Company says it never agreed to Y2K fix by Jan. 1greenspun.com : LUSENET : TimeBomb 2000 (Y2000) : One Thread
CASPER, Wyo. (AP) - A company contracted to
make Natrona County's computers capable of
handling the date change to 2000 says it never
agreed to have the job done by Jan. 1.
. . .
County offices are now preparing to work
through the beginning of 2000 by relying less on
computer programs for handling data. Widup
said he is worried about being able to maintain
-- spider (email@example.com), December 24, 1999
...this is the story I mentioned in my thread 8 below. This was also reported in my local paper here in Ohio. They do not have a web sight. Thanx Spider!
-- Vern (firstname.lastname@example.org), December 24, 1999.
Vern and Spider
I think this story is important to be given in its entirety.
(for educational purposes only)
"Company says it never agreed to Y2K fix by Jan. 1
CASPER, Wyo. (AP) - A company contracted to make Natrona County's computers capable of handling the date change to 2000 says it never agreed to have the job done by Jan. 1.
Dayton, Ohio-based Cole Layer Trumble Co. should have the computers ready by July, according to John Thompson, the company's chief engineer.
"I don't think there was a detailed plan that laid out the exact time tables for implementation," he said. "There's a series of events and things that need to take place. We're working on the most realistic planin terms of a timetable for implementation and where things are at."
County Treasurer Gary Widup said that explanation is simply not good enough. The contract has no specific dates in it, but does refer to projected timeframes and monthly status reports, he said.
Widup said he has never seen the contract, although he has requested them from Chris Asbury, information technology manager for the county.
Asbury said he has been receiving monthly status reports from Cole Layer, but only those of the last three months involved the treasurer's office. Widup had not settled on which program to install until three months ago, he said.
"There was just such short notice that it's hard for (Cole Layer) to tailor the programs," he said. "The assessors' side, though, is ready to go right now."
Thompson said that the time required to obtain some initial state government approvals is also partly behind the delay.
Widup said the company was contracted to customize two types of programs, for tax assessment and tax collection. The state needs to approve assessment programs because county tax assessment is subject to review by the state, he said.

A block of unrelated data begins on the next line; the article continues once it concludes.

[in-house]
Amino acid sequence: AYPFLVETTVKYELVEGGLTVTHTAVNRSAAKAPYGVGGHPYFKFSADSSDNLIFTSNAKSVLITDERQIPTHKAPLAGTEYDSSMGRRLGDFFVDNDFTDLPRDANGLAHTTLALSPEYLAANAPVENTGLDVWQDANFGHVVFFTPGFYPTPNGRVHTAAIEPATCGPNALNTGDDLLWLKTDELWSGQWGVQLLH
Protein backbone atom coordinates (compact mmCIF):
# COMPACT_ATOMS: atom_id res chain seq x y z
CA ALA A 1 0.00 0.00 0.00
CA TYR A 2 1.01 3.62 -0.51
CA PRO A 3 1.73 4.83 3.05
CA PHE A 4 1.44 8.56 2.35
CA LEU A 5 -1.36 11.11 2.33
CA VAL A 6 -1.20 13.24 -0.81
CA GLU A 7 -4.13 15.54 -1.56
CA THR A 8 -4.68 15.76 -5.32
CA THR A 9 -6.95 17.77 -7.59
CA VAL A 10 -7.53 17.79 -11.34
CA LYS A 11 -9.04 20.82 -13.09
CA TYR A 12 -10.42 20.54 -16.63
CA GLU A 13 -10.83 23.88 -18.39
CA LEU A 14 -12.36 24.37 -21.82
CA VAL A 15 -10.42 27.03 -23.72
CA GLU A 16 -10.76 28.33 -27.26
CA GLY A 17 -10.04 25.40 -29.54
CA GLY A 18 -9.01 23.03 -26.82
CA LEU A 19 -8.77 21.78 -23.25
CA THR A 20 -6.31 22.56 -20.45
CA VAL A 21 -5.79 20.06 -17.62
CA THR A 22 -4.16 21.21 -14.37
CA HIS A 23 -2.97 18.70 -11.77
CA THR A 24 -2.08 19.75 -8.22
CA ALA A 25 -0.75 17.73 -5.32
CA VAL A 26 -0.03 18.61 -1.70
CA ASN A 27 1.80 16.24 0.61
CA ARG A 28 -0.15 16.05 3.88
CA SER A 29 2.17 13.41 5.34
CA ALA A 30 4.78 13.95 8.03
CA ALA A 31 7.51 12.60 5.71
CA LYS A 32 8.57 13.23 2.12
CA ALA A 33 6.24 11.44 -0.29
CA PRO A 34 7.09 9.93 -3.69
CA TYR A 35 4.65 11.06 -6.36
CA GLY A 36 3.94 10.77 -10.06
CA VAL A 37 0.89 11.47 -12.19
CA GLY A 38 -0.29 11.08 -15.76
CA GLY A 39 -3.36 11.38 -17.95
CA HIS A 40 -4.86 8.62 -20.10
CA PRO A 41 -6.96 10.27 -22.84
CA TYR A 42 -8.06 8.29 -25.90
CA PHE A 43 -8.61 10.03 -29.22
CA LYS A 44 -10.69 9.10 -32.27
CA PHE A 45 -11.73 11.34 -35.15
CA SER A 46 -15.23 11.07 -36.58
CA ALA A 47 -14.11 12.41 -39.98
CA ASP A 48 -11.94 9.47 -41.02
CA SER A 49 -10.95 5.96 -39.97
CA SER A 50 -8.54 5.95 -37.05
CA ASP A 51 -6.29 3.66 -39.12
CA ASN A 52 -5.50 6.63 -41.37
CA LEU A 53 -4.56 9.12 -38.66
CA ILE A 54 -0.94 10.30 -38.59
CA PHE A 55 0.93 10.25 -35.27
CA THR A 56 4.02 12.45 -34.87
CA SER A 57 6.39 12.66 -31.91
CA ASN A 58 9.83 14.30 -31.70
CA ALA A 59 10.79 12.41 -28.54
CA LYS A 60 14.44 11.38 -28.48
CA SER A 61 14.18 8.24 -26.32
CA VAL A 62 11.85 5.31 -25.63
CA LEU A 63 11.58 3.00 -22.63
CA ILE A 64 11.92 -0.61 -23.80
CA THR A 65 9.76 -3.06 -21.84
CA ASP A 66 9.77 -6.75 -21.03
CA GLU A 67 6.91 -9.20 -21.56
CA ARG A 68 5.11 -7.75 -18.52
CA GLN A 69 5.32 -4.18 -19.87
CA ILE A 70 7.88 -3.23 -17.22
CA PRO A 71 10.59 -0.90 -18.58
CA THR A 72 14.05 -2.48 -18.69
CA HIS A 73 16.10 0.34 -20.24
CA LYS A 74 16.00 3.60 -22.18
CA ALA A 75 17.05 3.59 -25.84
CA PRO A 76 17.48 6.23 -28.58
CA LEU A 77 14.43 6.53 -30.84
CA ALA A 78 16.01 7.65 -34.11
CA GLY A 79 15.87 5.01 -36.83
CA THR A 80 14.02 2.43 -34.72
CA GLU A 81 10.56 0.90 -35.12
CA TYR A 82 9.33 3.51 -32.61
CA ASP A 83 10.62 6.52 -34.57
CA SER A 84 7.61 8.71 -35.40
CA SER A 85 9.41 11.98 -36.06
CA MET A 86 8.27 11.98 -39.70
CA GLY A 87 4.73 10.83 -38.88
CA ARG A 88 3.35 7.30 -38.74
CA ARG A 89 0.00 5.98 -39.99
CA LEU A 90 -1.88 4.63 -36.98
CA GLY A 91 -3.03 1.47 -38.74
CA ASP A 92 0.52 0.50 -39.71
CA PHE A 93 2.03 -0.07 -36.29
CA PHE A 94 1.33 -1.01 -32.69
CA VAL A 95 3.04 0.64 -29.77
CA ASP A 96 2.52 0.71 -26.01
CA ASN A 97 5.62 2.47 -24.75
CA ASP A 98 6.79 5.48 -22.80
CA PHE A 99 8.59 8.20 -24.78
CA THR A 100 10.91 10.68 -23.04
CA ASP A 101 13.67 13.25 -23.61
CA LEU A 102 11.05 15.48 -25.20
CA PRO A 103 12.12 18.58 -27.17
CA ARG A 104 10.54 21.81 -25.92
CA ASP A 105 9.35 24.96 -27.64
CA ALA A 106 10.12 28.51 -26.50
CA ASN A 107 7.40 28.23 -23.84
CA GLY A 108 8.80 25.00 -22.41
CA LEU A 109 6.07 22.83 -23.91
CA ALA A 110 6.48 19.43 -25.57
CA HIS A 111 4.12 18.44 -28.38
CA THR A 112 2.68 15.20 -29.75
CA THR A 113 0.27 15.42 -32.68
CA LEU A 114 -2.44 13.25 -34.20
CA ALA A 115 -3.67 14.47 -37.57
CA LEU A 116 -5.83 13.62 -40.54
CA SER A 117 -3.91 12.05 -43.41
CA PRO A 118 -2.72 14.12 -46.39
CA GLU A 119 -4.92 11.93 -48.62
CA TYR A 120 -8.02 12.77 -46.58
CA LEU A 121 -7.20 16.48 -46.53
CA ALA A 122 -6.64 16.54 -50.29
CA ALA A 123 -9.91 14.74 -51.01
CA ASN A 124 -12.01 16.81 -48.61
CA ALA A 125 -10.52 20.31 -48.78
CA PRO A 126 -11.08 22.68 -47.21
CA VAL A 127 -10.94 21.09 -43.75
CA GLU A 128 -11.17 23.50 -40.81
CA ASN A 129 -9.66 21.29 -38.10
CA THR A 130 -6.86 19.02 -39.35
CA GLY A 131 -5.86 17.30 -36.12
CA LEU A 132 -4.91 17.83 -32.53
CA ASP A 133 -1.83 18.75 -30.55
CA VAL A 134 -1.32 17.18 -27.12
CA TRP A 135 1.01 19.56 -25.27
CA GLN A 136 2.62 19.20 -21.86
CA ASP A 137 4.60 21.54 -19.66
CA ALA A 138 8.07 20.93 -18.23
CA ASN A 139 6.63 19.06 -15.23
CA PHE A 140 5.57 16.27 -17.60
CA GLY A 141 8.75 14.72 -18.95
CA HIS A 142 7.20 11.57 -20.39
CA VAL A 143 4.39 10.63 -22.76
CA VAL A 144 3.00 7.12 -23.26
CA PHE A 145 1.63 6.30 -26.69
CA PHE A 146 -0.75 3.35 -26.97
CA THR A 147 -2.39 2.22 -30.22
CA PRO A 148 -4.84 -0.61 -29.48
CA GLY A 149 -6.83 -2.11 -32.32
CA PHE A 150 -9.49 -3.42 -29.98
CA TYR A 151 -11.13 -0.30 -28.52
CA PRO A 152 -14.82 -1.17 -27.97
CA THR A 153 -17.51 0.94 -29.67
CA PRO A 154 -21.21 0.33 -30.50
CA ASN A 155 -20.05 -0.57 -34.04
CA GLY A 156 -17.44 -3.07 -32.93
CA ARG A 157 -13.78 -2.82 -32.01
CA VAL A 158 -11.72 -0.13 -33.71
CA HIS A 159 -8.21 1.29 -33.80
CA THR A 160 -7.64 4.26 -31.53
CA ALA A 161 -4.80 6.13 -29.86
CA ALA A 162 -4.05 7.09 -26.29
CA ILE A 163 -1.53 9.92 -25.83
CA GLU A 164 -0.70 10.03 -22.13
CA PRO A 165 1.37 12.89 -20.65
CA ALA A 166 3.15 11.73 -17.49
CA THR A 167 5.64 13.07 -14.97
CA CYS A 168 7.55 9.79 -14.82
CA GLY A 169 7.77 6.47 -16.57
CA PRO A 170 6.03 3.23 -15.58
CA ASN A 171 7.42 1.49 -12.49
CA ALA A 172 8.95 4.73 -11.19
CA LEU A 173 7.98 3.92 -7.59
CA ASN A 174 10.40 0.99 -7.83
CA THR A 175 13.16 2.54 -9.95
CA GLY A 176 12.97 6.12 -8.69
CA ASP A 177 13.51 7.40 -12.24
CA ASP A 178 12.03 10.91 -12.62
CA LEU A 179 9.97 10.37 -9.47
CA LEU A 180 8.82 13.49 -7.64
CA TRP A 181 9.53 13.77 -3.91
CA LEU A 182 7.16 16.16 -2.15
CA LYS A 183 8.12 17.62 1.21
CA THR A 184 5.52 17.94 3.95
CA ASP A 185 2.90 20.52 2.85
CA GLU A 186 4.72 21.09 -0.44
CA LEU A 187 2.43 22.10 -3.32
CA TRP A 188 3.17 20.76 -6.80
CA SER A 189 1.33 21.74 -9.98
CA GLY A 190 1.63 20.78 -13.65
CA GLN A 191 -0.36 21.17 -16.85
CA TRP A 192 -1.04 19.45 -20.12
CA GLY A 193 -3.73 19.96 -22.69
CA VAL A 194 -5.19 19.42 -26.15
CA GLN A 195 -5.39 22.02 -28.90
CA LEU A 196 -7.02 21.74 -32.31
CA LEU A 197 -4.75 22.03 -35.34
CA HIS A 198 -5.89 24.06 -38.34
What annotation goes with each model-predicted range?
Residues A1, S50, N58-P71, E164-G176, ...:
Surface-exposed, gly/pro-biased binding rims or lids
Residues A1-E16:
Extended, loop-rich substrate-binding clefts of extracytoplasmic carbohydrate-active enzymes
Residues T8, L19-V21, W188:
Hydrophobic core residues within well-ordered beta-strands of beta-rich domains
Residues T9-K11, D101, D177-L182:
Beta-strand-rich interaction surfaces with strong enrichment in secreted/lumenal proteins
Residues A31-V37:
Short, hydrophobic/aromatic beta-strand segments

Regardless of what the contract says, the county named a date for completing the fix, according to Widup.
"That's no secret and that should not come as a surprise to them," he said.
(snip) (the usual 1900 speech)
County Commissioner Donna Obert said research into which software companies to select for the fix began three years ago and department heads have been "heavily involved" every step of the way.
"The commission and each elected official has a responsibility here," she said. "We didn't go and pick the software for those elected officials ... All the commissioners can do is write the check.
"We can't tell an elected official what to do," she said. "All we can do is provide the money for the software they choose."
County offices are now preparing to work through the beginning of 2000 by relying less on computer programs for handling data. Widup said he is worried about being able to maintain accuracy."
(end of article)
A terrible mistake to make.
-- Rachel Gibson (email@example.com), December 24, 1999.
Hey, Cory. Another beaut for the Y2K tracking database.
No schedule. No workplan. No clear deliverables.
-- Mac (firstname.lastname@example.org), December 24, 1999.
Regardless of what the contract says, the county named a date for completing the fix...
FWIW, since I'm neither a lawyer nor do I play one on television, but..... GEEZ, PEOPLE!!!!! WHY DID YOU BOTHER HAVING A CONTRACT IN THE FIRST PLACE????? (Sorry. Didn't mean to shout.) County: "Oh, yeah. And they told us their fixes would let the computers fly around the office, too." Lawyer: "Is that in writing?" County: "Duh, no." Lawyer: "Does the term 'tough cupcakes' mean anything to you?..." Unbelievable.
-- I'm Here, I'm There (I'm Everywhere@so.beware), December 25, 1999.